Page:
Zero Energy vs Zero Emissions

On the surface, it may seem that Net Zero Energy is the most responsible approach to building construction, but we may be missing the point…
The U.S. Department of Energy (DOE) released its findings in September 2015, “A Common Definition for Zero Energy Buildings,” which states that a Zero Energy Building is “an energy-efficient building where, on a source energy basis, the actual annual delivered energy is less than or equal to the on-site renewable exported energy.” The report has no measurement criteria for greenhouse gas (GHG) emissions, and in the report, it states that it “… does not tell the whole story of impacts from resource consumption and emissions associated with the energy use.” There is no further mention of GHG emissions, so in a Net-Zero building, combustion heating, a source of GHG emissions, may be employed.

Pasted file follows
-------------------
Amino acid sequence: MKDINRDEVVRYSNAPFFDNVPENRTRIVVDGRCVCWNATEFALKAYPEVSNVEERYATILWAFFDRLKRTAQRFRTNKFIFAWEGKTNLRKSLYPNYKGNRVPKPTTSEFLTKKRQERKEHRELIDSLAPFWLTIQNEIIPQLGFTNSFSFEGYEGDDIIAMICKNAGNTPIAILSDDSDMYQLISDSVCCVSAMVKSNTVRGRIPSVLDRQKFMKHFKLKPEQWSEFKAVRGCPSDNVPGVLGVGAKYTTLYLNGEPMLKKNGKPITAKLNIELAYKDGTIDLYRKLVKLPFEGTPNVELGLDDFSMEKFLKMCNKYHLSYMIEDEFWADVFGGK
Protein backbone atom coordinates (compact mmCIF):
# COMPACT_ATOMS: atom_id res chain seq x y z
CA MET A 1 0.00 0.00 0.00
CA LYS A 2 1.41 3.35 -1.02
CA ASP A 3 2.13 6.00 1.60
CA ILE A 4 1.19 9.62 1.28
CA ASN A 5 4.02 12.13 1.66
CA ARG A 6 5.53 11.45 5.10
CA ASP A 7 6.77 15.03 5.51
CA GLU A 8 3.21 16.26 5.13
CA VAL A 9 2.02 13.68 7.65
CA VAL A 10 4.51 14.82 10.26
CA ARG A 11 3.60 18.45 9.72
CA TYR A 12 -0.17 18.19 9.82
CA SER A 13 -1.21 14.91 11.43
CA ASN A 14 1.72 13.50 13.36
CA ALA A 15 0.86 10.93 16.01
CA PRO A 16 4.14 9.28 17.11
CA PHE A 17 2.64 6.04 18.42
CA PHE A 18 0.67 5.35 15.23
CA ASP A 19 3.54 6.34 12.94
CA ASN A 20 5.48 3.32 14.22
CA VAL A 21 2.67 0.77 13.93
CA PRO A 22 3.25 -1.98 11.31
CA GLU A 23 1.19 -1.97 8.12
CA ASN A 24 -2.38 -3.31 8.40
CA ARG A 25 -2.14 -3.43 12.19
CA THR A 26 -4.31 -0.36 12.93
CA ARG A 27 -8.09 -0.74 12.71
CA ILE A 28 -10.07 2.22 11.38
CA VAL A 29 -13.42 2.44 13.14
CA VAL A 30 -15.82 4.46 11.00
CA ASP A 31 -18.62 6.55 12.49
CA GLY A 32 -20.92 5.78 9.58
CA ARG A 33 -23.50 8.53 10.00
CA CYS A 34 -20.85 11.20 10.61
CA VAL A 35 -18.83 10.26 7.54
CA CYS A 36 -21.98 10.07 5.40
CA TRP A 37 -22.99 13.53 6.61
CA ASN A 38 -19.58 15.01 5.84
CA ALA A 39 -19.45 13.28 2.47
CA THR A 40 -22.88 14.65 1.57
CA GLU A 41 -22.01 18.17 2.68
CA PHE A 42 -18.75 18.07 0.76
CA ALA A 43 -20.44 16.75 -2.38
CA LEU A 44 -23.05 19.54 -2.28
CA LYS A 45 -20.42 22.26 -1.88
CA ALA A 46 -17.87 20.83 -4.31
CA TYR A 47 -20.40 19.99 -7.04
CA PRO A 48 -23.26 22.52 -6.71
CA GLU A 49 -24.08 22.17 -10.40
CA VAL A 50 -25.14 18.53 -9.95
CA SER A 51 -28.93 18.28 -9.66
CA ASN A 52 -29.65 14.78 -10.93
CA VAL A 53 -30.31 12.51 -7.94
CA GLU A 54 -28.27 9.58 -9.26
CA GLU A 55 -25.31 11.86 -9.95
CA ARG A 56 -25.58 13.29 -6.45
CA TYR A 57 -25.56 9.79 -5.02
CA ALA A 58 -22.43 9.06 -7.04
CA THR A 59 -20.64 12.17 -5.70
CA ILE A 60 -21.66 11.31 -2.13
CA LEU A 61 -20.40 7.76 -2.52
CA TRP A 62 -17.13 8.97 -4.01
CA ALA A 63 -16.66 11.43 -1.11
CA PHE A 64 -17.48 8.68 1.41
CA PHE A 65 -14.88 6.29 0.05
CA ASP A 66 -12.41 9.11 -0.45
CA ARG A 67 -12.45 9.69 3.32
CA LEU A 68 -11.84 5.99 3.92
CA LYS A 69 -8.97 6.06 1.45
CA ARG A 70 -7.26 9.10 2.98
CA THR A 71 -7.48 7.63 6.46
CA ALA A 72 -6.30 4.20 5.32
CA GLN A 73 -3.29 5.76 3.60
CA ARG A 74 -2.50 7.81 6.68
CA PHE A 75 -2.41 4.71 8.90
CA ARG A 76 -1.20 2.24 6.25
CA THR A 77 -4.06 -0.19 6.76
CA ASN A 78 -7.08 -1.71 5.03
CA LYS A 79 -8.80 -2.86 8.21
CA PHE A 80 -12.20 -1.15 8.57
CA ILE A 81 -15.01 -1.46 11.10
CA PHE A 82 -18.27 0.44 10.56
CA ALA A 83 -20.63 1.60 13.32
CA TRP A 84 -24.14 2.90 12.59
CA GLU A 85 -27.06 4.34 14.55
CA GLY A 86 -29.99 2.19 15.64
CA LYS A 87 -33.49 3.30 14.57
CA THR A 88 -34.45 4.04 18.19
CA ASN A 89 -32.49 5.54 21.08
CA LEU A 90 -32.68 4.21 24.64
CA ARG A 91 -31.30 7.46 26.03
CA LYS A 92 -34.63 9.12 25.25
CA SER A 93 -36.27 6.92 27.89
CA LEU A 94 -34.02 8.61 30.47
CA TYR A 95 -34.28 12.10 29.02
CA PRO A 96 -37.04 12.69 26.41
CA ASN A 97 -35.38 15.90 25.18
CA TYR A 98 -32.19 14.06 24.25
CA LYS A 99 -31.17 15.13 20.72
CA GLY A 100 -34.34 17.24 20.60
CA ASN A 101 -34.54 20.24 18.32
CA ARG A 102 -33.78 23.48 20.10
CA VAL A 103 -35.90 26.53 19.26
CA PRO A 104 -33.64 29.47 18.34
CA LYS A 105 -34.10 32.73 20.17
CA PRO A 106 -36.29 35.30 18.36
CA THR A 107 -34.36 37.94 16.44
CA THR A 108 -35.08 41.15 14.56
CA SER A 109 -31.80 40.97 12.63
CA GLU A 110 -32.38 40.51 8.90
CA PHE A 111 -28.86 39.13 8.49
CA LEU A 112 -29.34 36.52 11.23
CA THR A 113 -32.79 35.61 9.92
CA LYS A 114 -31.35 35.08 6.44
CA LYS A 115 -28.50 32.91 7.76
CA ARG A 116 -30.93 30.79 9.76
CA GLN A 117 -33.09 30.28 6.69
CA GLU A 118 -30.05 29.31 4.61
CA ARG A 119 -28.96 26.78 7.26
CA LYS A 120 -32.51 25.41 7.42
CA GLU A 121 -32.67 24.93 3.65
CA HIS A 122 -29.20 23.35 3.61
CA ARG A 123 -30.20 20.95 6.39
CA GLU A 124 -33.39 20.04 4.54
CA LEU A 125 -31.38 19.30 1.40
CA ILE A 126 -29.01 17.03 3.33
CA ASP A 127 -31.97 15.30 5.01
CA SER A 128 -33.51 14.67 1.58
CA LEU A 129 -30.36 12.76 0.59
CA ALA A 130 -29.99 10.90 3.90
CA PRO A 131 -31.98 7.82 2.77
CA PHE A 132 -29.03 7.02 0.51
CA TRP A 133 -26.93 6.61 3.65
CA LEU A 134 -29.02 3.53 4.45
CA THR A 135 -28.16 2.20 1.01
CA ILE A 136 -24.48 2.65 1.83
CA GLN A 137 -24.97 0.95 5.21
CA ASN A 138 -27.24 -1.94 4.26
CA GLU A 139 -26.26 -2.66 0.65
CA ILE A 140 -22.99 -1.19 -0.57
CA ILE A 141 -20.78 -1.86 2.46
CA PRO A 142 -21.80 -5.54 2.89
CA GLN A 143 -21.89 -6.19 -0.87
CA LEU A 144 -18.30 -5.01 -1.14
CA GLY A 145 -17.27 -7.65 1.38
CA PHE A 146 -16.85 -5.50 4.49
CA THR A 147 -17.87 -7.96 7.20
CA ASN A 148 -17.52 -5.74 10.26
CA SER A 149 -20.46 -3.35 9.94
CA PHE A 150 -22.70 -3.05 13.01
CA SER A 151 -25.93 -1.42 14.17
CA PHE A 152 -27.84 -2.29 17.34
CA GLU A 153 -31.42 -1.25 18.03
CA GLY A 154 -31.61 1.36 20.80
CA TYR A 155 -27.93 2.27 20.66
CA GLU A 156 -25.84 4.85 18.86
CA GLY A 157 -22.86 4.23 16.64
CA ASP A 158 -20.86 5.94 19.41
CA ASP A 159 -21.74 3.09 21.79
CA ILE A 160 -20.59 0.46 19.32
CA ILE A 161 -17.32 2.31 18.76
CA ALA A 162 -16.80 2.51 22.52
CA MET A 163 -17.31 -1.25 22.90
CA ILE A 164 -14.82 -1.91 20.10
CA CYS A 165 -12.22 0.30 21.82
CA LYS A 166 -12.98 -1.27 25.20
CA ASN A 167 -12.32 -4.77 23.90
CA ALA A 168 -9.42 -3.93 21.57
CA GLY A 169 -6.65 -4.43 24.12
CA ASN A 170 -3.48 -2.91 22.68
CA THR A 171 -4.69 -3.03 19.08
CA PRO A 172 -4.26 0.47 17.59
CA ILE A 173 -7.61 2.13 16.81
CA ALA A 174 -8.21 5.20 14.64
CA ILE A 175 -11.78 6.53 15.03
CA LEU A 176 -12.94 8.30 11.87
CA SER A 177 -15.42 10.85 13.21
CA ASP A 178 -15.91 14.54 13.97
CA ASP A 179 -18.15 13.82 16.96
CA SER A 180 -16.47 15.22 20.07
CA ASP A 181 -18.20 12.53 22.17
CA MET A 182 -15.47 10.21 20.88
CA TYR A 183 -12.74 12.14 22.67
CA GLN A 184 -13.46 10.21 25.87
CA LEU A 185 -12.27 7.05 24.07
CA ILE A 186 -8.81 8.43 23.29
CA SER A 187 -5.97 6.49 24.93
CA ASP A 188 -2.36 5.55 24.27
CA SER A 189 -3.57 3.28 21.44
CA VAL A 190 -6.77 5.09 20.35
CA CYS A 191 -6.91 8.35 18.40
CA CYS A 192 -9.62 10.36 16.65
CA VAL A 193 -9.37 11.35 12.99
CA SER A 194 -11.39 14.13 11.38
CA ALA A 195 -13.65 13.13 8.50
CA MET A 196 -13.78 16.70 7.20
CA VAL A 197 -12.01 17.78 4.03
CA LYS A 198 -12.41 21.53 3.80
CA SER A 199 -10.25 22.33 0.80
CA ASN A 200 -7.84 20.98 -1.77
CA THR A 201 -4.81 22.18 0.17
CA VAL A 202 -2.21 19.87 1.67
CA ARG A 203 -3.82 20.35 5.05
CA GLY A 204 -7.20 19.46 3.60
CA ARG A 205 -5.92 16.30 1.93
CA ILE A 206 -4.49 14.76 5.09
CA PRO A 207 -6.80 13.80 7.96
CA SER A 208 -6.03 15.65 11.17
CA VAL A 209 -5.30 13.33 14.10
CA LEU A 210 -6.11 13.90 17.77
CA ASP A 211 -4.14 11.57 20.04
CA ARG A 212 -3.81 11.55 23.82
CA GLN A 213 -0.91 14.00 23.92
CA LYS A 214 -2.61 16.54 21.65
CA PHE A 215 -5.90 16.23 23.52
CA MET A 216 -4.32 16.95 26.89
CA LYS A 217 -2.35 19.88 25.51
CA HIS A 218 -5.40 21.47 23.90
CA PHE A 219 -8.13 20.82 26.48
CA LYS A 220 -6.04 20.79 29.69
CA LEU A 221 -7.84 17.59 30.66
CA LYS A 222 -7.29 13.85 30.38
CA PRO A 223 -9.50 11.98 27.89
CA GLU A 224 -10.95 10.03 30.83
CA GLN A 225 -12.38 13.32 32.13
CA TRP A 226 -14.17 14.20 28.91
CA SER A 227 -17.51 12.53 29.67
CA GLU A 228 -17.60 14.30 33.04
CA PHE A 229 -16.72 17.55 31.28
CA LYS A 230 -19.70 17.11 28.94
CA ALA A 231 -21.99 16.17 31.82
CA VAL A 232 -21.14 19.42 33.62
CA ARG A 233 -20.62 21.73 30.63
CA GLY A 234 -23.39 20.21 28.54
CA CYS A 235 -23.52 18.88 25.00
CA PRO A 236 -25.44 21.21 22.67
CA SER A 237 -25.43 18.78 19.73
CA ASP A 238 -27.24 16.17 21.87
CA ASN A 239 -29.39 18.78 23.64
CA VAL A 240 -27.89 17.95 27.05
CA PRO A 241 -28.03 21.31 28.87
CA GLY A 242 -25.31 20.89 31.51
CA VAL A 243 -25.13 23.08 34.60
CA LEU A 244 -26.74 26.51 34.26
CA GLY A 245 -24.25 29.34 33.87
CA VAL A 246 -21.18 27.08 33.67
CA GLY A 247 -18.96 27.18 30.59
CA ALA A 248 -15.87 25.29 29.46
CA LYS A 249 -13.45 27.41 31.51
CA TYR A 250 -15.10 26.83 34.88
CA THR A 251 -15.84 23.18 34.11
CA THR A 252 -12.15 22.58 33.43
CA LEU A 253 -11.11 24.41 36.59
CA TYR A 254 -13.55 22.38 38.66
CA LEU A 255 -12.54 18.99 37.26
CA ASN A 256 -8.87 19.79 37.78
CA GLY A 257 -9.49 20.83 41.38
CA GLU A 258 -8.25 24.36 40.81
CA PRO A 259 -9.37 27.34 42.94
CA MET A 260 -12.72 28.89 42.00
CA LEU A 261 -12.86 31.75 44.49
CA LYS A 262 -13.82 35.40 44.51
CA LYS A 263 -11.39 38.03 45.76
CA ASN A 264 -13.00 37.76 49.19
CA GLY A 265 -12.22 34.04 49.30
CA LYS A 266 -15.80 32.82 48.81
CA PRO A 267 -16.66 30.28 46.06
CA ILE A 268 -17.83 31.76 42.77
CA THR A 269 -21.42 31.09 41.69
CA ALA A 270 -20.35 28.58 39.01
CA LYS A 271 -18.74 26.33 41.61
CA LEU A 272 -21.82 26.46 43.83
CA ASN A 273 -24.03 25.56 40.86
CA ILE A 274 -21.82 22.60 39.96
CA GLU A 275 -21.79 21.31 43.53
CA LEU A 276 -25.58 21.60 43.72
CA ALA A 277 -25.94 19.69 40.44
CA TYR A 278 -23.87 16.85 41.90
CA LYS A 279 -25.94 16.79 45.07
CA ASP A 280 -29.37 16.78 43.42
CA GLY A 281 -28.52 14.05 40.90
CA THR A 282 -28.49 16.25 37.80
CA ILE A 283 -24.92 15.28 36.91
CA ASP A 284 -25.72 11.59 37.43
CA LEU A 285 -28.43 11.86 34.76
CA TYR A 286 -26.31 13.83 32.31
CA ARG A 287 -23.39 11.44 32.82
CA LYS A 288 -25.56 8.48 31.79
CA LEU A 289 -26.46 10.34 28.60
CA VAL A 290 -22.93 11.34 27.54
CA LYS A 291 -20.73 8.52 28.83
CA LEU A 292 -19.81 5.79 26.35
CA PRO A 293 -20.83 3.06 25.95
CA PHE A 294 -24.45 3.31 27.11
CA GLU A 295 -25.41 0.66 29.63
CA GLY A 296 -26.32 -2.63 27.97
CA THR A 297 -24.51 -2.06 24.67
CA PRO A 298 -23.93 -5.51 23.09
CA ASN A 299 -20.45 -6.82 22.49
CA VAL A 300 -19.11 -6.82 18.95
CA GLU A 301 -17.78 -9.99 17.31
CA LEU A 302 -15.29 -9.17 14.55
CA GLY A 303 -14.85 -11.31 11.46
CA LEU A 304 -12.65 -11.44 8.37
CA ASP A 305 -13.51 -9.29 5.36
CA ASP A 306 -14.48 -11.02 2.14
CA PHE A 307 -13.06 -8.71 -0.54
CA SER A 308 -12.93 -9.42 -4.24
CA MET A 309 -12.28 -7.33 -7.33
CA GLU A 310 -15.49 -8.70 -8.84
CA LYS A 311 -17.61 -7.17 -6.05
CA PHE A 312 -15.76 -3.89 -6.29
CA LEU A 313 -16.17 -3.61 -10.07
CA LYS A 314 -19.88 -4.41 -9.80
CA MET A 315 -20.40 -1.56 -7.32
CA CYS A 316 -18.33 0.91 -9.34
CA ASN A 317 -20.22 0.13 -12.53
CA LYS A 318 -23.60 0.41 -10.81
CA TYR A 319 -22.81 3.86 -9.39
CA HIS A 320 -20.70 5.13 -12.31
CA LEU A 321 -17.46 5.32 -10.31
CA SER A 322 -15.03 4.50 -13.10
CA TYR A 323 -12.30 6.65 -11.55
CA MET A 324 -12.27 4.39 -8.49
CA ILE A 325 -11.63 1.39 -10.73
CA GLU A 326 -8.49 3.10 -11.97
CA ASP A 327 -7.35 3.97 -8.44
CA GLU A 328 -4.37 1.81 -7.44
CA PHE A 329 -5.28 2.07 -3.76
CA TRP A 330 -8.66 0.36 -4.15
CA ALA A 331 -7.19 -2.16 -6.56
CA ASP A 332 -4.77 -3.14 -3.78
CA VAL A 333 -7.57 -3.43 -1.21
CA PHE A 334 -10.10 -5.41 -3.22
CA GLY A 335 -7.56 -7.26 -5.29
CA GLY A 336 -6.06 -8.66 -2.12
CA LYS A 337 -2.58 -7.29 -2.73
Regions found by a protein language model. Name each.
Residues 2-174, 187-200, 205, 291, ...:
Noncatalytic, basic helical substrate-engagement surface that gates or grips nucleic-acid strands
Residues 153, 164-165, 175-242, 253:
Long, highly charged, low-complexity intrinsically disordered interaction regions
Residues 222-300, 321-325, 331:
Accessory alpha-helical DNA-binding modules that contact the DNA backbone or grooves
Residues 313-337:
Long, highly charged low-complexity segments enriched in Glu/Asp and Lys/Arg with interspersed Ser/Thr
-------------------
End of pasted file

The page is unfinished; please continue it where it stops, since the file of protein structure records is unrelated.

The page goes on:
The real culprit, according to most scientists of which I’m aware, is the GHG emissions, and it’s the reason that the world is collectively crying for emissions reductions. Though reducing energy consumption is important, reduction of GHG emissions is the key factor. The city of Vancouver, Canada, recently announced its intent to bypass energy efficiency standards and get straight to the heart of the matter by adopting the first Zero-Emissions Building plan in North America[ren]

Tästä olen vuosia puhunut kirjoitukissani, esitelmissäni ja lausunnoissani; kuten meneillään olevassa rakennusten energiamääräysten uudistamisessa. Turhaan. Kuitenkin Englannissa määräykset perustuvat GHG-päästöihin

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